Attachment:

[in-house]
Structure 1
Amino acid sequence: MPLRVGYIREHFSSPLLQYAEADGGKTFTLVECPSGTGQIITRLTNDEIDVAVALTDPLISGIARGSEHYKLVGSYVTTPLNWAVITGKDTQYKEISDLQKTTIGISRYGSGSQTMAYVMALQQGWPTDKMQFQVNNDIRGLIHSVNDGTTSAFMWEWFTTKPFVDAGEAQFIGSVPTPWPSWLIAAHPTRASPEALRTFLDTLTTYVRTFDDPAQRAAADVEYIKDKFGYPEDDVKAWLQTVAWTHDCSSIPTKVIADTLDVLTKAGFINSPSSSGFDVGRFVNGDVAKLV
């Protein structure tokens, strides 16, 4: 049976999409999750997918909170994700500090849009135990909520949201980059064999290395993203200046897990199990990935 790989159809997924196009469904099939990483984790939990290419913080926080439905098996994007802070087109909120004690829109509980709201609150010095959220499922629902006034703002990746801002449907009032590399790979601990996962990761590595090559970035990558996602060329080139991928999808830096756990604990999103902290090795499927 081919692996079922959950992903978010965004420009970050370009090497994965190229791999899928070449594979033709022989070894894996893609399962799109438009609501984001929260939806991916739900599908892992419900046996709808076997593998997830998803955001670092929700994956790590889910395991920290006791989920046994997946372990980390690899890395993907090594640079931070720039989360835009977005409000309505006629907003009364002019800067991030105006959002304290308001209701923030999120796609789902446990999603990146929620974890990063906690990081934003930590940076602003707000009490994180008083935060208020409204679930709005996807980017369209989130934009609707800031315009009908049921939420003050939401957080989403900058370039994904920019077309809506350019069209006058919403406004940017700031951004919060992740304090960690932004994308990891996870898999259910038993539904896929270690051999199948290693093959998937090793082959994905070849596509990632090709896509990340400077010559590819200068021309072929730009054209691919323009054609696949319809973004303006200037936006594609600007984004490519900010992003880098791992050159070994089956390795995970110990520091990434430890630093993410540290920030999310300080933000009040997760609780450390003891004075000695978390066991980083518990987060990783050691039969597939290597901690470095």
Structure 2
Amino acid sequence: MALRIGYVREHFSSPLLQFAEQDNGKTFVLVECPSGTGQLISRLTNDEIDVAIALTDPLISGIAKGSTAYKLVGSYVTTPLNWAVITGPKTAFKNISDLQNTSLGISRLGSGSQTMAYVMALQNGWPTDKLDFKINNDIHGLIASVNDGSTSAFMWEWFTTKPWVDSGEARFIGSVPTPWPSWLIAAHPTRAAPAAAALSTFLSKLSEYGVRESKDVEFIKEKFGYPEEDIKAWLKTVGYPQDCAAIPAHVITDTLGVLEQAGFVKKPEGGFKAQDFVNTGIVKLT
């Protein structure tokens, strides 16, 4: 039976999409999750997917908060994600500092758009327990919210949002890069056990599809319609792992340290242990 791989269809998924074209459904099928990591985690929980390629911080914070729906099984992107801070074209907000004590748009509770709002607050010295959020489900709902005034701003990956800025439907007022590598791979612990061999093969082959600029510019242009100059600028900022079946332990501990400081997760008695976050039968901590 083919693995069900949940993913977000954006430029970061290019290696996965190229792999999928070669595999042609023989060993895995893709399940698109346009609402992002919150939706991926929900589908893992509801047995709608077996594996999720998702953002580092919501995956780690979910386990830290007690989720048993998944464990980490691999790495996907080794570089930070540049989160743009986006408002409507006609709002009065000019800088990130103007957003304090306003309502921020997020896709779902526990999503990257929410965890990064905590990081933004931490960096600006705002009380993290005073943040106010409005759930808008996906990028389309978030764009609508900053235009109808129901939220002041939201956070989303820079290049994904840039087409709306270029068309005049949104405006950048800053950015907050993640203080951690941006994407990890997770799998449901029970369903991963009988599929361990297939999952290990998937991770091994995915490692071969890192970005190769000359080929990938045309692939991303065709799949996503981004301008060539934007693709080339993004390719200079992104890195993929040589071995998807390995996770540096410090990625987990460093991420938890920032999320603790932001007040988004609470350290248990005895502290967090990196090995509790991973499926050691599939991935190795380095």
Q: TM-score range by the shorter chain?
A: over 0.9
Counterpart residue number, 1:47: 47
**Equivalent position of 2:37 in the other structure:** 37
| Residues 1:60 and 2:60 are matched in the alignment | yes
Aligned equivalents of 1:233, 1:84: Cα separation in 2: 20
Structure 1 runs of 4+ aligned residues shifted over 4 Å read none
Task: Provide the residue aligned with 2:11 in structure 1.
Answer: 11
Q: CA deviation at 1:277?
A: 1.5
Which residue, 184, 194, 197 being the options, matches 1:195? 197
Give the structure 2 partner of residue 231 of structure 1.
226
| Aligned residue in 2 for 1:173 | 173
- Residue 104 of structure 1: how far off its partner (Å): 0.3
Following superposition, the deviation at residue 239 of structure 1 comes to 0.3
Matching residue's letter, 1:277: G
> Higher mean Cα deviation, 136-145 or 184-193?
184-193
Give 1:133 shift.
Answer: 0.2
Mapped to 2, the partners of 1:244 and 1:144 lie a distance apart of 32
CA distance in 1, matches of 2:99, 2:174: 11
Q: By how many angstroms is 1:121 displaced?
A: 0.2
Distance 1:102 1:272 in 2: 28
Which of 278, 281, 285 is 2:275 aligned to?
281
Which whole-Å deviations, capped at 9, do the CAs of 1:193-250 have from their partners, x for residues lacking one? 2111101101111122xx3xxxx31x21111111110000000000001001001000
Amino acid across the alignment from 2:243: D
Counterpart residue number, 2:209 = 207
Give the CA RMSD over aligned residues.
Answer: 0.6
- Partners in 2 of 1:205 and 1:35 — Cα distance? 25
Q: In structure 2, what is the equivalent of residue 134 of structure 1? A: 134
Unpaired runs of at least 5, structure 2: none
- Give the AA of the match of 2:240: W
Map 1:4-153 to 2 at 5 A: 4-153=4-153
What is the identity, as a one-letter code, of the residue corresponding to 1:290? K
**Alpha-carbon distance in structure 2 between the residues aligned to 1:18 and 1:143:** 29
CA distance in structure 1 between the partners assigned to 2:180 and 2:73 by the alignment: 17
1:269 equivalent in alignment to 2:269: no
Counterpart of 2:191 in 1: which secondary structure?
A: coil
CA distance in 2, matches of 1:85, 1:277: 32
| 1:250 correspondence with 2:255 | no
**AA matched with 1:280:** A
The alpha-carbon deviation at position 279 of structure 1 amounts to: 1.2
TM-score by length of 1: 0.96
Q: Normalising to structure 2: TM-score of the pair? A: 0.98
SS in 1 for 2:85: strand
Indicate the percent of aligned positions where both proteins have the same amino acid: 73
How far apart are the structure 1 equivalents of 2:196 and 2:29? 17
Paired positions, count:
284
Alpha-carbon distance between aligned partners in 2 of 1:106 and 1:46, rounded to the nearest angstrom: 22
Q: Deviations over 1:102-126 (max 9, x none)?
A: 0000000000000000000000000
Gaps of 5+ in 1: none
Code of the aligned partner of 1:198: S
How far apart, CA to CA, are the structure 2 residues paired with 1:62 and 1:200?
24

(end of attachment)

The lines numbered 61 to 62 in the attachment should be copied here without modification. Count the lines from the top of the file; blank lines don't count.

How far apart are the structure 1 equivalents of 2:196 and 2:29? 17
Paired positions, count: